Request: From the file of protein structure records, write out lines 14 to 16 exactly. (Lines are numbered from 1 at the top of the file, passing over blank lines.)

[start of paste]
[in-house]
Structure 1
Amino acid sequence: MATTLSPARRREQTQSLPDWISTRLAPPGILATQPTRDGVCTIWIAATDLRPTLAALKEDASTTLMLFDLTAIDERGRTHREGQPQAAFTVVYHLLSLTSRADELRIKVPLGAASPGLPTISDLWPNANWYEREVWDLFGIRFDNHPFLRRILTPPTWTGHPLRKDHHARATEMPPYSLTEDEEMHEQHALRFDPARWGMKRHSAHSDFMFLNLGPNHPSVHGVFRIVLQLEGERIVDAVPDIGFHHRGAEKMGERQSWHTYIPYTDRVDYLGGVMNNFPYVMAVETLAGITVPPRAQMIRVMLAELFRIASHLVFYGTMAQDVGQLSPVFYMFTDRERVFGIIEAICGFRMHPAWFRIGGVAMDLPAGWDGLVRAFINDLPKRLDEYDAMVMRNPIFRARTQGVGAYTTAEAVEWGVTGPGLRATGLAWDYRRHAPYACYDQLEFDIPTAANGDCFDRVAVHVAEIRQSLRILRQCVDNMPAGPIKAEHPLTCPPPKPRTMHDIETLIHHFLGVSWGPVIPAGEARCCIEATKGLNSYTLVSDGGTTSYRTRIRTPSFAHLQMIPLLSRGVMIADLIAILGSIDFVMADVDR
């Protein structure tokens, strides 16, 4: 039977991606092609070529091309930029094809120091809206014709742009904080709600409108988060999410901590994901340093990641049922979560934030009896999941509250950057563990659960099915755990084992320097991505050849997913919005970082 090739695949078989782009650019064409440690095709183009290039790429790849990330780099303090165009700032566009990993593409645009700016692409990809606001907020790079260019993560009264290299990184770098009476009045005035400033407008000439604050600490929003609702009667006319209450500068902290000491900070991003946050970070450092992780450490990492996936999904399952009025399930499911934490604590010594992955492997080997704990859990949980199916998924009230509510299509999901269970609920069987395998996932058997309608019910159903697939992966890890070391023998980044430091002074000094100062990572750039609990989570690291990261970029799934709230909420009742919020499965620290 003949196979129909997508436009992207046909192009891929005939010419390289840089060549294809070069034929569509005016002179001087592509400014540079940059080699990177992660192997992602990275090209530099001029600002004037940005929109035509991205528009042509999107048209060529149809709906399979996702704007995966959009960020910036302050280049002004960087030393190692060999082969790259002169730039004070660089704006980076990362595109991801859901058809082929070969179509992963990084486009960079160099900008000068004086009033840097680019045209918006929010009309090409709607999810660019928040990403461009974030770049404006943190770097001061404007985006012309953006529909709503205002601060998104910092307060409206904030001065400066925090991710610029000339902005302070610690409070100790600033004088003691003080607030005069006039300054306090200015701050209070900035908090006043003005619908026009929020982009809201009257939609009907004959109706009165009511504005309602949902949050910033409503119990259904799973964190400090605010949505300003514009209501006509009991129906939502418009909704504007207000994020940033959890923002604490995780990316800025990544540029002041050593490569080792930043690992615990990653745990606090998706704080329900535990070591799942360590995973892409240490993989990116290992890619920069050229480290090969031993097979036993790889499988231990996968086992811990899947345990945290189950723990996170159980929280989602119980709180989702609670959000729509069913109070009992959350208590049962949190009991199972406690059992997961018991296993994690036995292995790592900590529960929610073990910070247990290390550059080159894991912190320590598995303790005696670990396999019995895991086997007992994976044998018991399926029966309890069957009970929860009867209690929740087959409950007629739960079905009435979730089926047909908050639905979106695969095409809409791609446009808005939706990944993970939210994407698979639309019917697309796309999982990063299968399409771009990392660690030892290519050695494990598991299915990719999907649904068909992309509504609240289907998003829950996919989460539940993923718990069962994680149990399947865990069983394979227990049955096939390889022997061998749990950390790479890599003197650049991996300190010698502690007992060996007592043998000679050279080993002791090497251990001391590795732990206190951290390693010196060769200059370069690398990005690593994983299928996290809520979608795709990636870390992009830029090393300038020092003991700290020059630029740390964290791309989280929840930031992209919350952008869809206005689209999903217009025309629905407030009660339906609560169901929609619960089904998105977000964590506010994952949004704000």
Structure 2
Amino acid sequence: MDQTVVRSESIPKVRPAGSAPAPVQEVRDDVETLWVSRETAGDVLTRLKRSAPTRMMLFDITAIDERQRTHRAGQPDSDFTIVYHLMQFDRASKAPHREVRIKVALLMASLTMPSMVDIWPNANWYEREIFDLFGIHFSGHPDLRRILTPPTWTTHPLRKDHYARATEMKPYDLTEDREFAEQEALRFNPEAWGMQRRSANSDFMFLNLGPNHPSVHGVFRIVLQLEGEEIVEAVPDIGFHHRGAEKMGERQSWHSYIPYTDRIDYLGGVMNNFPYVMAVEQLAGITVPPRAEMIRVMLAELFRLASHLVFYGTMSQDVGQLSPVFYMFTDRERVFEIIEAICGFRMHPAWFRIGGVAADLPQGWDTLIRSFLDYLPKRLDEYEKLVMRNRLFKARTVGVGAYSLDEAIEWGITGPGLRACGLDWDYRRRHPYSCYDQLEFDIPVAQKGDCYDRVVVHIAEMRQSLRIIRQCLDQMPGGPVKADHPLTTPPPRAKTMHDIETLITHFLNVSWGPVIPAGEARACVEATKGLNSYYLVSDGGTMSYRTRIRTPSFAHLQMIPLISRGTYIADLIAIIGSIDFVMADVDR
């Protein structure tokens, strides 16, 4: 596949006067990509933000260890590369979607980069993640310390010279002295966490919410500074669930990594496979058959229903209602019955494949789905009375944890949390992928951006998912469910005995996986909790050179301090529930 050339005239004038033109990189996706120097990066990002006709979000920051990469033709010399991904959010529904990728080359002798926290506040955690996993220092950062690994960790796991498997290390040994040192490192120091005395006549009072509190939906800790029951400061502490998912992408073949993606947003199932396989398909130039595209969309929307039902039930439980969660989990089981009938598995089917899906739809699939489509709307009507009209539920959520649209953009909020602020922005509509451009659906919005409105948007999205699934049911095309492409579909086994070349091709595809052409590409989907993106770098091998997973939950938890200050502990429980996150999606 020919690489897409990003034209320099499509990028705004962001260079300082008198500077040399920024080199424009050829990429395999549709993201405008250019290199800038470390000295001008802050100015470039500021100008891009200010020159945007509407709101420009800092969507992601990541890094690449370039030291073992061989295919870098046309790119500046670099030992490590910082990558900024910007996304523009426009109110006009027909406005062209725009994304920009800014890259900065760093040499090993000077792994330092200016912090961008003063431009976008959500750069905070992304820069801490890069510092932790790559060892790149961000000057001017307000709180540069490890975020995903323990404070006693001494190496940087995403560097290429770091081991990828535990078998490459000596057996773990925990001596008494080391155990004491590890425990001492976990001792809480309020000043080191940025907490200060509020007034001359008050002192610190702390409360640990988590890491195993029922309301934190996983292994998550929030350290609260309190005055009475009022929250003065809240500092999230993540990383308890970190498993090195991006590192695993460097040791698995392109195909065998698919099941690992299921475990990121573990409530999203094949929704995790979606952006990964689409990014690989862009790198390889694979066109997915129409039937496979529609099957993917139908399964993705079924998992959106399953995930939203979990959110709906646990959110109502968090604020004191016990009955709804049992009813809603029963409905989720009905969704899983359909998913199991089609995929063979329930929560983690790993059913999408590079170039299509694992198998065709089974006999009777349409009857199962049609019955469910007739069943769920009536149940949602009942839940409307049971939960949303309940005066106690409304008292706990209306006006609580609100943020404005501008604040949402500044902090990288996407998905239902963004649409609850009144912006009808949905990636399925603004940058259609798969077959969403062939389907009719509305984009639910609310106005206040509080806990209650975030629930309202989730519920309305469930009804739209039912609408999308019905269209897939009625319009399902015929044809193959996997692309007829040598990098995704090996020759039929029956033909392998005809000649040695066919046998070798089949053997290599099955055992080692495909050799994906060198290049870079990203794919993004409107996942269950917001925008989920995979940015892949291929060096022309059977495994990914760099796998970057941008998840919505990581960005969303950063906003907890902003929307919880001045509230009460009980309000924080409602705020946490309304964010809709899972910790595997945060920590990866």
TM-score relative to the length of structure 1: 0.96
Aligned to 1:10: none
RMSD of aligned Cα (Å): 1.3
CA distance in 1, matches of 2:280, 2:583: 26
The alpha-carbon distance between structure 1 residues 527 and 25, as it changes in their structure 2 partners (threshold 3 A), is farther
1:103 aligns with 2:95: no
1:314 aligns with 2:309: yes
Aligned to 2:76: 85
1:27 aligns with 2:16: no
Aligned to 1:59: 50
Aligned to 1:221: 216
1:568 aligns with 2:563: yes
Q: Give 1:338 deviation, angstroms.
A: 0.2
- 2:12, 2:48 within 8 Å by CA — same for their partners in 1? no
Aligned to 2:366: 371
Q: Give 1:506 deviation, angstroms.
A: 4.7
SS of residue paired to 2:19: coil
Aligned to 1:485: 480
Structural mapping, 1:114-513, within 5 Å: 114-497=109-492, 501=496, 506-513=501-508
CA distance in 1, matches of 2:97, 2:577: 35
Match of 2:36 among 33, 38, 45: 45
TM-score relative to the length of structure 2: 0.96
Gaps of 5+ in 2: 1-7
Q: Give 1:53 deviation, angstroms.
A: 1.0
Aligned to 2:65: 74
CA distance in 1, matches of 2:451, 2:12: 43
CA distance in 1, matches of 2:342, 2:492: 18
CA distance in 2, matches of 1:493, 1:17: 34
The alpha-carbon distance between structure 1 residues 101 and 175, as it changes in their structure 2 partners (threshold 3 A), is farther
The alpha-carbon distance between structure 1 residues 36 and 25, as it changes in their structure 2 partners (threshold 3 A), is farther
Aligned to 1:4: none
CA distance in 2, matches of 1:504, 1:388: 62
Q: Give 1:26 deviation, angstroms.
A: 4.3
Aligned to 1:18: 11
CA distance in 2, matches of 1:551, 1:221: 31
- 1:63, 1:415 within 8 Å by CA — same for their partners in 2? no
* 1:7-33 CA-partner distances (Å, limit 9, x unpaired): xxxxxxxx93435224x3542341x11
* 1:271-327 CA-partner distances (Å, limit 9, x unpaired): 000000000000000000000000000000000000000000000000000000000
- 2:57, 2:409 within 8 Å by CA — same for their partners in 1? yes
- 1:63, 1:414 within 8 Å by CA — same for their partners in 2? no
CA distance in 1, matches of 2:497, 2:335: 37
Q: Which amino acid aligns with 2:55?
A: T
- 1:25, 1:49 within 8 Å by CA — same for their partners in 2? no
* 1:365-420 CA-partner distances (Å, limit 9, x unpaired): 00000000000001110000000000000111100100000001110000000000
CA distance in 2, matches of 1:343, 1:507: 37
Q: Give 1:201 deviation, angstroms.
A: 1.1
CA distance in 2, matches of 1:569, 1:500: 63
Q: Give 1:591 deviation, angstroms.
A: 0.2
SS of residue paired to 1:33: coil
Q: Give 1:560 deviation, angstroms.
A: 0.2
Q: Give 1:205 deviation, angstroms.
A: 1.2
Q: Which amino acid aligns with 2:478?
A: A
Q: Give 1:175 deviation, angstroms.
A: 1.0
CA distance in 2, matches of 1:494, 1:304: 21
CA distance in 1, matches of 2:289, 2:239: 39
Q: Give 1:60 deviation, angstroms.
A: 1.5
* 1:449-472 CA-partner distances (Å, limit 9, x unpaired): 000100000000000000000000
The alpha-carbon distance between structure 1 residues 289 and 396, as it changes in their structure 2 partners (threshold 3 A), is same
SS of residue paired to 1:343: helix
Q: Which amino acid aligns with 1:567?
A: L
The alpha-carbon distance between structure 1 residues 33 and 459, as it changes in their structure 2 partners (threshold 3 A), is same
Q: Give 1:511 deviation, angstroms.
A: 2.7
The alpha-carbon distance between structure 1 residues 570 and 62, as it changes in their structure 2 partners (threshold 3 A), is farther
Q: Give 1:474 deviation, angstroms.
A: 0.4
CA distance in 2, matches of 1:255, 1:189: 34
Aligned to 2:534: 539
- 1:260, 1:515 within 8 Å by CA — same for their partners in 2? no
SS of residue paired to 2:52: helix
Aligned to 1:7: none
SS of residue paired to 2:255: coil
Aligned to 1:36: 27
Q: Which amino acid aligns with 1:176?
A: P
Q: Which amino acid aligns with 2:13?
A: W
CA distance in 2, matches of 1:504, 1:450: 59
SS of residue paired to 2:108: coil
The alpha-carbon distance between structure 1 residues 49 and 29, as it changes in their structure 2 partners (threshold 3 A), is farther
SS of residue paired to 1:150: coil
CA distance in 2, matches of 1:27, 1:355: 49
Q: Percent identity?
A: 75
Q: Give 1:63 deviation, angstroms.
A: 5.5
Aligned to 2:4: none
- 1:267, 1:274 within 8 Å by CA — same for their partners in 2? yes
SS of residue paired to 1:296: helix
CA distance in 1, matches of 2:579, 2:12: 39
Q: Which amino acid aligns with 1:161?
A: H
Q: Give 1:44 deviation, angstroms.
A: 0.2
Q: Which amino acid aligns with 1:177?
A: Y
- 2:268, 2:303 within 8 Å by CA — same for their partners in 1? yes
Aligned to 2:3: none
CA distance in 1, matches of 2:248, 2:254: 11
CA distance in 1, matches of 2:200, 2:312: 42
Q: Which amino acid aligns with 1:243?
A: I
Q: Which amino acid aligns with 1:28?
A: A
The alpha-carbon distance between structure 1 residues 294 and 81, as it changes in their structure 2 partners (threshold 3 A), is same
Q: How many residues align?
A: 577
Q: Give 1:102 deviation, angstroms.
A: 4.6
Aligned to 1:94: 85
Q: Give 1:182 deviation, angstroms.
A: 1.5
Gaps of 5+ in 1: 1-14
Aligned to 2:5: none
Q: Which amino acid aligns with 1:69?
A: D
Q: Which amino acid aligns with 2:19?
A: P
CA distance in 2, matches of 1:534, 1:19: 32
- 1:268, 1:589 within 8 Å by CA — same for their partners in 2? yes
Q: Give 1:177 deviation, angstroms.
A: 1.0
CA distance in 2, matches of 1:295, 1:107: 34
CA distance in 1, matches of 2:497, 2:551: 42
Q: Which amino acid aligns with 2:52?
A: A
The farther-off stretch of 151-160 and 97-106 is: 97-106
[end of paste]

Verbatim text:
1:314 aligns with 2:309: yes
Aligned to 2:76: 85
1:27 aligns with 2:16: no